must insist upon their privileges. " If anybody, my lord,"
added Mr. Wititterly, wheeling round to the nobleman, "will
produce to me a greater martyr than Mrs. Wititterly, all I can
say is, that I shall be glad to see that martyr, whether male
or female — that's all, my lord."

Pyke and Pluck promptly remarked that certainly nothing
could be fairer than that ; and the call having been by this
time protracted to a very great length, they obeyed Sir Mul-
berry's look, and rose to go. This brought Sir Mulberry
himself and Lord Frederick on their legs also. Many pro-
testations of friendship, and expressions anticipative of the
pleasure which must inevitably flow from so happy an ac^
quaintance, were exchanged, and the visitors departed, with
renewed assurances that at all times and seasons the mansion
of the Wititterlys would be honored by receiving them beneath
its roof.

That they came at all times and seasons — that they dined
there one day, supped the next, dined again on the next, and
were constantly to and fro on all — that they made parties to
visit public places, and met by accident at lounges — that upon

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all these occasions Miss Nickleby was exposed to the con-
stant and unremitting persecution of Sir Mulberry Hawk, who
now began to feel his character, even in the estimation of his
two dependants, involved in the successful reduction of her
pride — that she had no intervals of peace or rest, except at
those hours when she could sit in her solitary room, and weep
over the trials of the day-w-all these were consequences
naturally flowing from the well-laid plans of Sir Mulberry,
and their able execution by the auxiliaries, Pike and Pluck.

And thus for a fortnight matters went on. That any but
the weakest and silliest of people could have seen in one
interview that Lord Frederick Verisopht, though he was a
lord, and Sir Mulberry Hawk, though he was a baronet, were
not persons accustomed to be the best possible companions,
and were certainly not calculated by habits, manners, tastes,
or conversation, to shine with any very great lustre in the
society of ladies, need scarcely be remarked. But with Mrs.
Wititterly the two titles were all-sufficient ; coarseness became
humor, vulgarity softened itself down into the most charming
eccentricity ; insolence took the guise of an easy absence of
reserve, attainable only by those who had had the good for-
tune to mix with high folks.

If the mistress put such a construction upon the behavior
of her new friends, what could the companion urge against
them ? If they accustomed themselves to very little restraint
before the lady of the house, with how much more freedom
could they address her paid dependant ! Nor was even this
the worst. As the odious Sir Mulberry Hawk attached him-
self to Kate with less and less of disguise, Mrs. Wititterly
began to grow jealous of the superior attractions of Miss
Nickleby. If this feeling had led to her banishment from the
drawing-room when such company was there, Kate would have
been only too happy and willing that it should have existed,
but unfortunately for her she possessed that native grace and
true gentility of manner, and those thousand nameless accom-
plishments which give to female society its greatest charm ; if
these be valuable anywhere, they were especially so where
the lady of the house was a mere animated doll. The conse-
quence was, that Kate had the double mortification of being
an indispensable part of the circle when Sir Mulberry and his
friends were there, and of being exposed, on that very
account, to all Mrs. Wititterly's ill-humors and caprices when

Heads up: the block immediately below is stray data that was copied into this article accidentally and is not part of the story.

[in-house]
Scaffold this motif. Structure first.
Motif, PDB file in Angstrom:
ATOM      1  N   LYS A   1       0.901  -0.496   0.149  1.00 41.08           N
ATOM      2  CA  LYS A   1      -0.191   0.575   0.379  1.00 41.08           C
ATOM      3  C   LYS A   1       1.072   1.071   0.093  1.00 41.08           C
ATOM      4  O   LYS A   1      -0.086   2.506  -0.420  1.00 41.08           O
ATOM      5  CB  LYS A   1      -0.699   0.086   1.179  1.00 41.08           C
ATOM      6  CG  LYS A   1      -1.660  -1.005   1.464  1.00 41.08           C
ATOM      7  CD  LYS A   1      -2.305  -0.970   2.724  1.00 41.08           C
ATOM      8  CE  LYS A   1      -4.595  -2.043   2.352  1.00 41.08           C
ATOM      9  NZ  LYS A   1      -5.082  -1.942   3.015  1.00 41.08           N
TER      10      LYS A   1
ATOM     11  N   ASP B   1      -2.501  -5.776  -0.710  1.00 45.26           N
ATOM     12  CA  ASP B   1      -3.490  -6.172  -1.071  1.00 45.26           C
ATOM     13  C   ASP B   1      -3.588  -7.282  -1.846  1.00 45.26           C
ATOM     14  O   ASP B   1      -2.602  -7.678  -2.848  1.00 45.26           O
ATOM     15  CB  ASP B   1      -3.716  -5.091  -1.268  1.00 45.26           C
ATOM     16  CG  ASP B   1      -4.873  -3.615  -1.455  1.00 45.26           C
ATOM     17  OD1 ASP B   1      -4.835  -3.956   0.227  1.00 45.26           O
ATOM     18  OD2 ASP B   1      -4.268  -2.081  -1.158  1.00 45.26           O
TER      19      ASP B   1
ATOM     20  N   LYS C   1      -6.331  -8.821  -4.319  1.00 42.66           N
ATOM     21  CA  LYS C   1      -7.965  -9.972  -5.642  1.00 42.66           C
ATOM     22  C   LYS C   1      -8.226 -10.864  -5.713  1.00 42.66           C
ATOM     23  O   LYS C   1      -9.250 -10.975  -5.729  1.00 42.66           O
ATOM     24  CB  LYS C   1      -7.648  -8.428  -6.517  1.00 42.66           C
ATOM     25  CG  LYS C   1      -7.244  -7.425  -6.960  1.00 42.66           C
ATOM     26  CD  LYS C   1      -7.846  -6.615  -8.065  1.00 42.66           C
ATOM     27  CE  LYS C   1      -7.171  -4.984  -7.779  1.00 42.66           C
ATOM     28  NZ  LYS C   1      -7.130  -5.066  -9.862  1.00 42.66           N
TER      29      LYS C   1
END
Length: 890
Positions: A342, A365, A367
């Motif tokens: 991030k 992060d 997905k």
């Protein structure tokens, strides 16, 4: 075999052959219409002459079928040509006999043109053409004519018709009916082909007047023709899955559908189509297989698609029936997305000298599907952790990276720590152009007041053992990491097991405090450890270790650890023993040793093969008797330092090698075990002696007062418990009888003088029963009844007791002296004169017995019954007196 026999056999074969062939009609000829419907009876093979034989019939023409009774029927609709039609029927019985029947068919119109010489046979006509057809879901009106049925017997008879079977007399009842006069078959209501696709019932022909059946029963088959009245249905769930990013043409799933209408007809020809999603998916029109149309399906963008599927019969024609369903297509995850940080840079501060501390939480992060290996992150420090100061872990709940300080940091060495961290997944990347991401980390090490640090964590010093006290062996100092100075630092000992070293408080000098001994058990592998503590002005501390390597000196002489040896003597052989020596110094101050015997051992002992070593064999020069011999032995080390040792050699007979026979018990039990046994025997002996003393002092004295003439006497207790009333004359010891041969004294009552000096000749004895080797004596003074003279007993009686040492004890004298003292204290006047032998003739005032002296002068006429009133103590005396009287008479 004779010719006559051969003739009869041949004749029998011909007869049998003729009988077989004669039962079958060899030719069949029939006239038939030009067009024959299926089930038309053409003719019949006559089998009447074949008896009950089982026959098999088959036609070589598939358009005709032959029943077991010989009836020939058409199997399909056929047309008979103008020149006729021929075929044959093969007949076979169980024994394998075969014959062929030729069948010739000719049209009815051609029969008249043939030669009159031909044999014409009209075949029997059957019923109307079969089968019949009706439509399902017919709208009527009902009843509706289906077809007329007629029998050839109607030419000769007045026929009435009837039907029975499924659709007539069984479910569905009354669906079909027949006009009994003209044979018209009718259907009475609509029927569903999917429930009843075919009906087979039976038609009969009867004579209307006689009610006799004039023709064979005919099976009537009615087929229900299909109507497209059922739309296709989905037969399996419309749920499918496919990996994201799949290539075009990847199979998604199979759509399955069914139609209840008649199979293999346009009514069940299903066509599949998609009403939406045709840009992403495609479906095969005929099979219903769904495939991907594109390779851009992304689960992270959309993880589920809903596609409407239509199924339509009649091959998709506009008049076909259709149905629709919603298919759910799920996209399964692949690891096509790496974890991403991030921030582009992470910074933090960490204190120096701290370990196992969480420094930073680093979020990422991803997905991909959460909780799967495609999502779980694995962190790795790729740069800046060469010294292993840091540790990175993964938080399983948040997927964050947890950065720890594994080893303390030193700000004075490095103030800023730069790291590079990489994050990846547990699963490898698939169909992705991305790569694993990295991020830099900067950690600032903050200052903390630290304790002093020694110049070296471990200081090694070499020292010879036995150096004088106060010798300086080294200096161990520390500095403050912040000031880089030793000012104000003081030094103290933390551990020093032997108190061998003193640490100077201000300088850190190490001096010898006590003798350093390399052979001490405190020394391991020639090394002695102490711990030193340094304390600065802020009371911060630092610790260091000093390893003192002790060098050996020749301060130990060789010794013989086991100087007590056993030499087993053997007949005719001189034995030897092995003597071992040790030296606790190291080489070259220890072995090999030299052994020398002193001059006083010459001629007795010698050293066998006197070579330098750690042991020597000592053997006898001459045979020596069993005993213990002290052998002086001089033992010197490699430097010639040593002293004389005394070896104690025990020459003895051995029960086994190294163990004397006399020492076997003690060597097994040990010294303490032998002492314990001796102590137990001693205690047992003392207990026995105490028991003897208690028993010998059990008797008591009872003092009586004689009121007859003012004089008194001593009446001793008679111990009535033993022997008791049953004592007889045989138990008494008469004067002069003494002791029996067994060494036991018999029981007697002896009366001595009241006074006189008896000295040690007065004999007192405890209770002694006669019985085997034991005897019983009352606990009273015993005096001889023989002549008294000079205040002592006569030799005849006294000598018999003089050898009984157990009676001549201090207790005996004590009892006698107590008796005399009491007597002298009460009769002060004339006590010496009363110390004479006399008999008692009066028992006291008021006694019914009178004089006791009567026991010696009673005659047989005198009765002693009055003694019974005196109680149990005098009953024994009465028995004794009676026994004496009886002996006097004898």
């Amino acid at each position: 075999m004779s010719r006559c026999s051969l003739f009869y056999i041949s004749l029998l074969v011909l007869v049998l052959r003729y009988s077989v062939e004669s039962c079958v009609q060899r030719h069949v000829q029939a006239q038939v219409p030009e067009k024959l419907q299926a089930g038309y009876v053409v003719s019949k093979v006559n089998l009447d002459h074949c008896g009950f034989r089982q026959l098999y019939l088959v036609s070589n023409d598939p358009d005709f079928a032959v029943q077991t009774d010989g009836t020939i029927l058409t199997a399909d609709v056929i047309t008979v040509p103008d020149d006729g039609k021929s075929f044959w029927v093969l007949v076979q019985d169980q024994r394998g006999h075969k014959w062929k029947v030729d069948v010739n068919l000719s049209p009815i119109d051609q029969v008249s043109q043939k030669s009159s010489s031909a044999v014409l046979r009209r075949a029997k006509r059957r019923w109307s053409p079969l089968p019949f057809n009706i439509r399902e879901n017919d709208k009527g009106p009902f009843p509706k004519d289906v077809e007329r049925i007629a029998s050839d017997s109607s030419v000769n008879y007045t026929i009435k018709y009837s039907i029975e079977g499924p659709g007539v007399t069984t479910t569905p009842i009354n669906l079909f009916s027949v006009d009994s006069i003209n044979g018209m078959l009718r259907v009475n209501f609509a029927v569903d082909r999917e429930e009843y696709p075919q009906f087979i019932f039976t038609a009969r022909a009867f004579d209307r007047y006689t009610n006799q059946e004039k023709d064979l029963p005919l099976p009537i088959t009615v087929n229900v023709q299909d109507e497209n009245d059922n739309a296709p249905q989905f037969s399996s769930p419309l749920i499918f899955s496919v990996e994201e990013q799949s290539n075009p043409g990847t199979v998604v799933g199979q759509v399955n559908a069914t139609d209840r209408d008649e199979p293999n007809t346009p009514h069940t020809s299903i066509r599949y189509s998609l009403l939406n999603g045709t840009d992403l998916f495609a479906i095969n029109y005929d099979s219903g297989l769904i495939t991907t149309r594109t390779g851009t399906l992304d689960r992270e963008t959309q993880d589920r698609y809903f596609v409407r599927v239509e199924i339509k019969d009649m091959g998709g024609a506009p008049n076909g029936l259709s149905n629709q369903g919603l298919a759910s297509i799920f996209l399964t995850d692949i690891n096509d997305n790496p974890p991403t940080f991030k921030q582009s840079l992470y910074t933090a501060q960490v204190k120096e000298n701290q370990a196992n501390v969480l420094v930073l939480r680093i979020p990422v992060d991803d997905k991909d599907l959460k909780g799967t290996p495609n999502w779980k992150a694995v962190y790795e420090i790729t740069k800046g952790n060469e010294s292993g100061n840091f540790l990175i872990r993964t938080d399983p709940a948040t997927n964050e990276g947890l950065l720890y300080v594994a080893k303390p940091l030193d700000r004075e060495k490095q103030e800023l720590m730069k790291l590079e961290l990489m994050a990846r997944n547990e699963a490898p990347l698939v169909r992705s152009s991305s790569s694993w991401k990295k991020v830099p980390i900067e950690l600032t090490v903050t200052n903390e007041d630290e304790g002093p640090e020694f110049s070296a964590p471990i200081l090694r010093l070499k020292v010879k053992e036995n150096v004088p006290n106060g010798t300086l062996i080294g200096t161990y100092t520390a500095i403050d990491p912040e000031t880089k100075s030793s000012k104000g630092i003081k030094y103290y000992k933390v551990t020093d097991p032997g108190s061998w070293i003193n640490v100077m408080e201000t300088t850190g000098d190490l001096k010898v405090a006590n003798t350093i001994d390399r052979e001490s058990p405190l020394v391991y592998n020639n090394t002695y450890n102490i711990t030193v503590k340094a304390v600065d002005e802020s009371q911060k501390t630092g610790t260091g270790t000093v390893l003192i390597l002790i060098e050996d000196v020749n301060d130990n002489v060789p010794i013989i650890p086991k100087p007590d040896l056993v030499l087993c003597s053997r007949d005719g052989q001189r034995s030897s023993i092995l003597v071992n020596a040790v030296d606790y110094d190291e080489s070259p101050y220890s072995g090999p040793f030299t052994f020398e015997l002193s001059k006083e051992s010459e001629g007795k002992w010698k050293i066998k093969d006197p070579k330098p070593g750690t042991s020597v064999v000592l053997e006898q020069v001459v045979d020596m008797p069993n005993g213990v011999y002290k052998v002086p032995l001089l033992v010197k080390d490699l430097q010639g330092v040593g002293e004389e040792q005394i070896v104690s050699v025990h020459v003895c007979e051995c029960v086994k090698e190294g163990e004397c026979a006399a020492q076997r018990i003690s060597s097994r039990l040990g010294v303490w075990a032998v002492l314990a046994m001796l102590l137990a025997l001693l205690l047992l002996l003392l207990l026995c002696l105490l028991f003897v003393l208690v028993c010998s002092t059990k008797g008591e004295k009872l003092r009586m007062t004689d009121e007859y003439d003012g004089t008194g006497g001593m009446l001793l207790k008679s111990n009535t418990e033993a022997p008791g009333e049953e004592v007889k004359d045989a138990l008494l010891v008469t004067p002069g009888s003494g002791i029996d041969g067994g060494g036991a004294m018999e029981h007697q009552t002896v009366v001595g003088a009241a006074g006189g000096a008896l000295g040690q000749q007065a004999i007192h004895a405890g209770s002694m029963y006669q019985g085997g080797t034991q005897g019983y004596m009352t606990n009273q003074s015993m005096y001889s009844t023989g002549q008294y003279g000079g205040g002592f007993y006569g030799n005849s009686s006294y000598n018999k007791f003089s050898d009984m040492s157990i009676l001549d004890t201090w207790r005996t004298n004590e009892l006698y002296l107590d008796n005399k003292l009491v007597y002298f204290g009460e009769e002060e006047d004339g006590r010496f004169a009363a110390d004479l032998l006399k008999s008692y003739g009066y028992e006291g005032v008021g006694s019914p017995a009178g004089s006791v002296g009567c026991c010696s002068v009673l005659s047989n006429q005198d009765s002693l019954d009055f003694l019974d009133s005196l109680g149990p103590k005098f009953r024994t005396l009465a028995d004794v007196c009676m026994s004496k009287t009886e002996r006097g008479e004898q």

they were gone. She became utterly and completely miserable.

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Mrs. Wititterly had never thrown off the mask with regard
to Sir Mulberry, but when she was more than usually out of
temper, attributed the circumstance, as ladies sometimes do,
to nervous indisposition. However, as the dreadful idea that
Lord Frederick Verisopht also was somewhat taken with Kate,
and that she, Mrs. Wititterly, was quite a secondary person,
dawned upon that lady's mind and gradually developed itself,
she became possessed with a large quantity of highly proper
and most virtuous indignation, and felt it her duty, as a
married lady and a moral member of society, to mention the
circumstance to " the young person " without delay.

Accordingly Mrs. Wititterly broke ground next morning,
during a pause in the novel-reading.

" Miss Nickleby," said Mrs. Wititterly, " I wish to speak
to you very gravely. I am sorry to have to do it, upon my
word I am very sorry, but you leave me no alternative, Miss
Nickleby." Here Mrs. Wititterly tossed her head — not
passionately, only virtuously — and remarked, with some
appearance of excitement, that she feared that palpitation of
the heart was coming on again.

" Your behavior, Miss Nickleby," resumed the lady, " is
very far from pleasing me — very far. I am very anxious
indeed that you should do well, but you may depend upon it,
Niss Nickleby, you will not, if you go on as you do."

" Ma'am ! " exclaimejl Kate, proudly.

" Don't agitate me by speaking in that way, Miss Nickleby,
don't," said Mrs. Wititterly, with some violence, "or you'll
compel me to ring the bell."

Kate looked at her, but said nothing.

" You needn't suppose," resumed Mrs. Wititterly, " that
your looking at me in that way, Miss Nickleby, will prevent
my saying what I am going to say, which I feel to be a
religious duty. You needn't direct your glances towards me,"
said Mrs. Wititterly, with a sudden burst of spite ; / am not
Sir Mulberry, no, nor Lord Frederick Verisopht, Miss
Nickleby ; nor am I Mr. Pyke, nor Mr. Pluck either."

Kate looked at her again, but less steadily than before ;
and resting her elbow on the table, covered her eyes with her

" If such things had been done when /was a young girl,"
said Mrs. Wititterly (this, by the way, must have been some

Online LibraryCharles DickensThe life and adventures of Nicholas Nickelby → online text (page 35 of 79)